B P Singh
Articles written in Bulletin of Materials Science
Volume 23 Issue 1 February 2000 pp 11-16 Molecular Magnets
The homo- and heteropolymetallic assemblies of MM′(OX)2(H2O)4, where MM′ represents MnMn, CoMn, NiMn, CuMn, CoCo, NiCo, CuCo, NiNi, CuNi, and CuCu; and the respective complexes, numbered 1–10, have been prepared by reacting metal(II) salts-i.e. of Mn, Co, Ni, and Cu- and potassium oxalate monohydrate in hot water (90–100°C). The magnetic susceptibility data of the complexes 8 and 9 in the 300 K-20 K temperature range obeys the Curie-Weiss law and exhibits Weiss constants -50 K and -100 K, respectively. On lowering the temperature, the effective magnetic moment decreases gradually and is indicative of antiferromagnetic phase transition. The complexes have also been characterized by ES mass spectrometry, infrared (IR), electronic, and electron spin resonance (ESR) spectra.
Volume 29 Issue 6 November 2006 pp 559-565
Spatial confinement of quantum excitations on their characteristic wavelength scale in low dimensional materials offers unique possibilities to engineer the electronic structure and thereby control their physical properties by way of simple manipulation of geometrical parameters. This has led to an overwhelming interest in quasi-zero dimensional semiconductors or quantum dots as tunable materials for multitude of exciting applications in optoelectronic and nonlinear optical devices and quantum information processing. Large nonlinear optical response and high luminescence quantum yield expected in these systems is a consequence of huge enhancement of transition probabilities ensuing from quantum confinement. High quantum efficiency of photoluminescence, however, is not usually realized in the case of bare semiconductor nanoparticles owing to the presence of surface states. In this talk, I will focus on the role of quantum confinement and surface states in ascertaining nonlinear optical and optoelectronic properties of II–VI semiconductor quantum dots and their nanocomposites. I will also discuss the influence of nonlinear optical processes on their optoelectronic characteristics.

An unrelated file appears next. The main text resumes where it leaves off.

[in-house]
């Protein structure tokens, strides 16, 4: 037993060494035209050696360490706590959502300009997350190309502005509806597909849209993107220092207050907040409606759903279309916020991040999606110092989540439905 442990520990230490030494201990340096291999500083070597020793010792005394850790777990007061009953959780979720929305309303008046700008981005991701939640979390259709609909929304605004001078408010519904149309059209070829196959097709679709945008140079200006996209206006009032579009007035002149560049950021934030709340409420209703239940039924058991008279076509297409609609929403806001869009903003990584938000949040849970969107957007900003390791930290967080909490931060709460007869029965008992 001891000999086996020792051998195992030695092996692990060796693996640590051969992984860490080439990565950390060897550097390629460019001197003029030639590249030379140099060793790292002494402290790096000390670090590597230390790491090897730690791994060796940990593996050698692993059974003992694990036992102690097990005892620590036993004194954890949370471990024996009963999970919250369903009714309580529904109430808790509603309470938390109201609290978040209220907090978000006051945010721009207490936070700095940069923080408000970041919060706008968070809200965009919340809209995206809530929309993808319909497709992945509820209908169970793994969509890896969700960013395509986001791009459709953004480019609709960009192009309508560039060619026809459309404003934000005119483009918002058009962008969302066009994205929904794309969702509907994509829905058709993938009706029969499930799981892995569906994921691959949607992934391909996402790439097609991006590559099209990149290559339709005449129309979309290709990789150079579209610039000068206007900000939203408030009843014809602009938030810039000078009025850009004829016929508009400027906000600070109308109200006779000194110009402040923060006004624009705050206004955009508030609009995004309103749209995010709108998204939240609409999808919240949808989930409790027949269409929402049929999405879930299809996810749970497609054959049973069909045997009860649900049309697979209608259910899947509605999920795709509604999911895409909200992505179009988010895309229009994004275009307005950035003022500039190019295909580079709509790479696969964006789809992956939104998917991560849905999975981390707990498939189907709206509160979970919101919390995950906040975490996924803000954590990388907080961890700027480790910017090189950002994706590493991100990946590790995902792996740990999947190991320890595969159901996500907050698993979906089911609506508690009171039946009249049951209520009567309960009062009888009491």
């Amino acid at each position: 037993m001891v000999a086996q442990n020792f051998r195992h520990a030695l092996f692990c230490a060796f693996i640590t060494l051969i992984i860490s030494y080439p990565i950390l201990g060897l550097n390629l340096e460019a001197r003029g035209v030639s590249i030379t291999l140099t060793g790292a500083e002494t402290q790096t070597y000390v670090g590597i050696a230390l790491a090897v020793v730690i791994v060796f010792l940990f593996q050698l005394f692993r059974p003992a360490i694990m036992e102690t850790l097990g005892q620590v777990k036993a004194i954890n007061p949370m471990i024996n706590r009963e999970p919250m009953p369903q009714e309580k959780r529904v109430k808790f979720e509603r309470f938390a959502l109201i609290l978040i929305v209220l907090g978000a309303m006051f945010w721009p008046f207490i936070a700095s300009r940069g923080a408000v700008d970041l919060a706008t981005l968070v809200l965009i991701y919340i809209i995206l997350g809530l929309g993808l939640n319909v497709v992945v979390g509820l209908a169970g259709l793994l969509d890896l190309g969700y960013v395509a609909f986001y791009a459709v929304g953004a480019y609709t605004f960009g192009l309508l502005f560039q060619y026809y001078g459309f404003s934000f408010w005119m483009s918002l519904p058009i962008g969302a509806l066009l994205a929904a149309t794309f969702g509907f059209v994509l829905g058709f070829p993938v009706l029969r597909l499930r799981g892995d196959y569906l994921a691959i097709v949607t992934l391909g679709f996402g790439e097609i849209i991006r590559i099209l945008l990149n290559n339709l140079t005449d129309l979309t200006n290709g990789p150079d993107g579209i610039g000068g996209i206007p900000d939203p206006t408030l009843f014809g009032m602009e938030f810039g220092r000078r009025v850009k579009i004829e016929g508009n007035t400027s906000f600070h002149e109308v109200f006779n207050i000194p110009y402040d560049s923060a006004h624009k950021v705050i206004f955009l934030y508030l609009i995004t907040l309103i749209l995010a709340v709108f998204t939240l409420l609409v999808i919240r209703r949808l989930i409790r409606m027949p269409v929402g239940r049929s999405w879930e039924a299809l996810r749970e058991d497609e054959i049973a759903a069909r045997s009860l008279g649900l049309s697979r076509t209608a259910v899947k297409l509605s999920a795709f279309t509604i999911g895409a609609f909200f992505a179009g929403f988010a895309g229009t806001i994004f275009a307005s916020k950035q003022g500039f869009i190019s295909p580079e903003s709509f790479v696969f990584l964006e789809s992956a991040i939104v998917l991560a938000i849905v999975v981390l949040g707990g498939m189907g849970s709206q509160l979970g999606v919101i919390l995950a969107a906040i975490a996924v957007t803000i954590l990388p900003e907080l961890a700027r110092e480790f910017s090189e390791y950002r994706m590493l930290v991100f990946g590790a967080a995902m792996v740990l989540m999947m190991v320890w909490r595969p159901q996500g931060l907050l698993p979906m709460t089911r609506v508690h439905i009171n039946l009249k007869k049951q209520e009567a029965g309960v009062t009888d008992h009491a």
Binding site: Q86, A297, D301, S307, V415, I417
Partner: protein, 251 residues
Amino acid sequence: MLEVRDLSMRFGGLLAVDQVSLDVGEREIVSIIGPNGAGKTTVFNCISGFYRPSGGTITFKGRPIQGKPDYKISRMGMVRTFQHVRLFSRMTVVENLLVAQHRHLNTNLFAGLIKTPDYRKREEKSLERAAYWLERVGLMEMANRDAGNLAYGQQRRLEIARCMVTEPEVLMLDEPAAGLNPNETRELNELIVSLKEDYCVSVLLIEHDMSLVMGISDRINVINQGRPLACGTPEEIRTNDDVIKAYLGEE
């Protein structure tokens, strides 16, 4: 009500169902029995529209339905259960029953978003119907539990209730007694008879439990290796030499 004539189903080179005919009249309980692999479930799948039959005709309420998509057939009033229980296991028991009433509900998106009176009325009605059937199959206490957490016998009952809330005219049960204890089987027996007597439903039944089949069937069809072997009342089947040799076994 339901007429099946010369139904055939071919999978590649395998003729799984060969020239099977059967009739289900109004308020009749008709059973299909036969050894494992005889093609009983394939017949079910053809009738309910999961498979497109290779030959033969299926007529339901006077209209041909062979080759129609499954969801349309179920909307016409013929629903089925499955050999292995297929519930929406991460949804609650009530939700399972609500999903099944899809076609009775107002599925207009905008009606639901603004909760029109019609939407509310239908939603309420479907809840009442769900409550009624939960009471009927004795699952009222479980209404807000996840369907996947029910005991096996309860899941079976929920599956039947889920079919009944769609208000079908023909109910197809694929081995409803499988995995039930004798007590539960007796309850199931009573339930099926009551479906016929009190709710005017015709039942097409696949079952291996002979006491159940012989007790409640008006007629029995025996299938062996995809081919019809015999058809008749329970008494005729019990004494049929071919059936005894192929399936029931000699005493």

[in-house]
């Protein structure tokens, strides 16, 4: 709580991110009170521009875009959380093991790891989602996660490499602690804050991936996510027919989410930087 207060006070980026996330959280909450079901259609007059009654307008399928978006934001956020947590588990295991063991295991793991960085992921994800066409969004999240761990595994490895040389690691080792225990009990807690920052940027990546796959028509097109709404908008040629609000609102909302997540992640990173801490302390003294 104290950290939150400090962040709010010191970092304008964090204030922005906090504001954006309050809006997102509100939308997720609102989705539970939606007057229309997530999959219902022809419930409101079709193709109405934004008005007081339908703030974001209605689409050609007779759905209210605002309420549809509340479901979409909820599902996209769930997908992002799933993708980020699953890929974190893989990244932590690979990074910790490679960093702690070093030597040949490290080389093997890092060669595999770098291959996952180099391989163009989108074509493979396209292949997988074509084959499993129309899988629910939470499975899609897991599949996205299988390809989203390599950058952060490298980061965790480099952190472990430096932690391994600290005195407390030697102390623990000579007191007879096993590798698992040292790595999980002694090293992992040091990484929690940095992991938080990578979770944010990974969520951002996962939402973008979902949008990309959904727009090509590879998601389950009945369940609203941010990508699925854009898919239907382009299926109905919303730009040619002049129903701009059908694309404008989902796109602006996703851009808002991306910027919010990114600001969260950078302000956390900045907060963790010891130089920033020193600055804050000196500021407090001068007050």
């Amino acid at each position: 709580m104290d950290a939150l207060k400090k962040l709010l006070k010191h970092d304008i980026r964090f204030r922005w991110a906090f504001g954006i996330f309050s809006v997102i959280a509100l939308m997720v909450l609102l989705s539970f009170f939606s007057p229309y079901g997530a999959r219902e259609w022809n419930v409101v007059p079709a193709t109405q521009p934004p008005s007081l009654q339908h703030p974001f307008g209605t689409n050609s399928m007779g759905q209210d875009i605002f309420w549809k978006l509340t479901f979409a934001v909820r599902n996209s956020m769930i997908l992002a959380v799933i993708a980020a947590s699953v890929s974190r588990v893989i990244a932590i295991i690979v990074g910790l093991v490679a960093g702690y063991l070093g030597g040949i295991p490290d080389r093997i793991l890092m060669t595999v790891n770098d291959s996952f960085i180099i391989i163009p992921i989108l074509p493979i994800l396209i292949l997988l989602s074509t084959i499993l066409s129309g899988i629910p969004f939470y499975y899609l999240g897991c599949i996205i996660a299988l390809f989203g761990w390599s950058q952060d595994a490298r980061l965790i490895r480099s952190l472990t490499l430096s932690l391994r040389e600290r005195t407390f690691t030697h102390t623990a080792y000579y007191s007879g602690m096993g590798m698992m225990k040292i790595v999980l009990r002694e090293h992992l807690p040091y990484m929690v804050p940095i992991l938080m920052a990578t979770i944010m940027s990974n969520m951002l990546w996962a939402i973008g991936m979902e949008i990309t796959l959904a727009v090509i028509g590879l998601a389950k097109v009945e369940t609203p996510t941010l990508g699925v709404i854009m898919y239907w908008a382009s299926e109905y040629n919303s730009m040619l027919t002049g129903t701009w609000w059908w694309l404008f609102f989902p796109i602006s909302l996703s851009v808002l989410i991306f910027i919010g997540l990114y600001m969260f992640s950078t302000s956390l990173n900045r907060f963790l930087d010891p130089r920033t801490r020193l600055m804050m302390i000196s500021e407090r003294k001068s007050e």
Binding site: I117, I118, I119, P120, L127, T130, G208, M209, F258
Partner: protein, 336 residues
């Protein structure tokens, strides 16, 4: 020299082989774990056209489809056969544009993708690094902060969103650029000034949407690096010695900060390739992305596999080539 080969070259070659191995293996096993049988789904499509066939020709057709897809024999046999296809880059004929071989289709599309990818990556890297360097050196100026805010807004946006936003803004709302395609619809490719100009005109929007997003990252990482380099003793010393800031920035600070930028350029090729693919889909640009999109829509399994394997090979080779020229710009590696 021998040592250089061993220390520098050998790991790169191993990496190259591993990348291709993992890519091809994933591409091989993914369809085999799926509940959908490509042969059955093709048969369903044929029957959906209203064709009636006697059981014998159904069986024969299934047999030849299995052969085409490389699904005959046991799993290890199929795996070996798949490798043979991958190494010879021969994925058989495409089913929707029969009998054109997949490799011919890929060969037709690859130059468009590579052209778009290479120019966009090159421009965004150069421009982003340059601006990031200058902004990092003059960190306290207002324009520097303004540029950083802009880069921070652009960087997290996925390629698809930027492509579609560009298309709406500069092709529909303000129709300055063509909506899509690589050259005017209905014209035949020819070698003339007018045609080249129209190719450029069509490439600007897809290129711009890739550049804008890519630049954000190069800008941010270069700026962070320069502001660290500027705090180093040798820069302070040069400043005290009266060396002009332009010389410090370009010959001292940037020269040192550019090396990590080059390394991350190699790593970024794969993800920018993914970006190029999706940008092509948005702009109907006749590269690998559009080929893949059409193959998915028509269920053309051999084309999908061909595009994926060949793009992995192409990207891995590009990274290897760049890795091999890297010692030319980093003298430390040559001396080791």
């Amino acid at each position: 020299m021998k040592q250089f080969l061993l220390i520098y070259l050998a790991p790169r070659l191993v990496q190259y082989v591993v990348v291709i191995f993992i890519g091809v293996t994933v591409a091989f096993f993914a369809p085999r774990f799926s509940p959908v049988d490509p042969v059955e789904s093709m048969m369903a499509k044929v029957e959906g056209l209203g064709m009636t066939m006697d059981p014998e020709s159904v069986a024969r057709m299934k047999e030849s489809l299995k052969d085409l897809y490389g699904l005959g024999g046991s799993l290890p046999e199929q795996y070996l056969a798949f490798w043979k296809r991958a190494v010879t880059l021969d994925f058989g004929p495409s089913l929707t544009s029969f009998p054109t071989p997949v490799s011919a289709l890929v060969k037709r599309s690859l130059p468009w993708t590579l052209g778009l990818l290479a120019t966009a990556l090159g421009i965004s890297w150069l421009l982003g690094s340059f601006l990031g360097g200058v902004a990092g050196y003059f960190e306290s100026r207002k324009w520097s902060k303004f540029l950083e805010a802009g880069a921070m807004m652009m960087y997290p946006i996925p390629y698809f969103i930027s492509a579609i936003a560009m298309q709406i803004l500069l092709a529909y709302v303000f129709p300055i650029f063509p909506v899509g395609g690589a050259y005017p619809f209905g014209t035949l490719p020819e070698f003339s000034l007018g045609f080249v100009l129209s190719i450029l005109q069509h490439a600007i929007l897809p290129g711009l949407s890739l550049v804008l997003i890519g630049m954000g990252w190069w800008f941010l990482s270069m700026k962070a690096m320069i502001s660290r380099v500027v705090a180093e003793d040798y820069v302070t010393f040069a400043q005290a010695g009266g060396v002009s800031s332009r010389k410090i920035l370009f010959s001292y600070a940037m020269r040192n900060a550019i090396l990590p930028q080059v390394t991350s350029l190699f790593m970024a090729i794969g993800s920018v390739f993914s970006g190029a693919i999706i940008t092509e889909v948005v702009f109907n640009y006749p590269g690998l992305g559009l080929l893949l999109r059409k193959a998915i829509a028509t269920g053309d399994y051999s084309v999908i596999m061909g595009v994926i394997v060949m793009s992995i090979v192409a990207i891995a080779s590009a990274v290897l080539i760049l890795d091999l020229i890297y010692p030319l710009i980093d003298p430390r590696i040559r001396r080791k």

Volume 35 Issue 4 August 2012 pp 631-637
We have presented an analysis of the volume expansion data for periclase (MgO), lime (CaO), corundum (Al2O3) and spinel (MgAl2O4) determined experimentally by Fiquet
Volume 36 Issue 5 October 2013 pp 931-937
The objective of this investigation is to study the effectiveness of anodized surface of commercial purity titanium (Cp-Ti) on its corrosion behaviour in simulated body fluid (SBF) and proliferation of osteoblast cells on it, to assess its potentiality as a process of surface modification in enhancing corrosion resistance and osseointegration of dental implants. Highly ordered nano-porous oxide layer, with nano-sized pores, is developed on the surface of Cp-Ti through electrochemical anodization in the electrolyte of aqueous solution of 0.5% HF at 15 V for 30 min at 24 °C. The nano-porous feature of the anodized surface is characterized by field-emission scanning electron microscope (FESEM). Pores of some anodized samples are sealed by exposing the anodized surface in boiling water. Corrosion behaviour of the anodized specimen is studied in Ringer’s solution at 30 ± 2 °C, using electrochemical impedance and cyclic polarization technique. Biocompatibility of the anodized surface is accessed using MG63 osteoblast cells. Both corrosion as well as pitting resistance of Cp-Ti in simulated body fluid are found to be highest in the anodized and sealed condition and followed in decreasing order by those of anodized and unanodized ones. Significantly higher MG63 osteoblast cell proliferations are found on the anodized surface than that on the unanodized one. Anodized Cp-Ti develops nano-size surface pores, like that of natural bone. It enhances corrosion and pitting resistance and also the process of osteoblast cell proliferation on Cp-Ti.
Volume 45, 2022
Continuous Article Publishing mode
Prof. Subi Jacob George — Jawaharlal Nehru Centre for Advanced Scientific Research, Jakkur, Bengaluru
Chemical Sciences 2020
Prof. Surajit Dhara — School of Physics, University of Hyderabad, Hyderabad
Physical Sciences 2020
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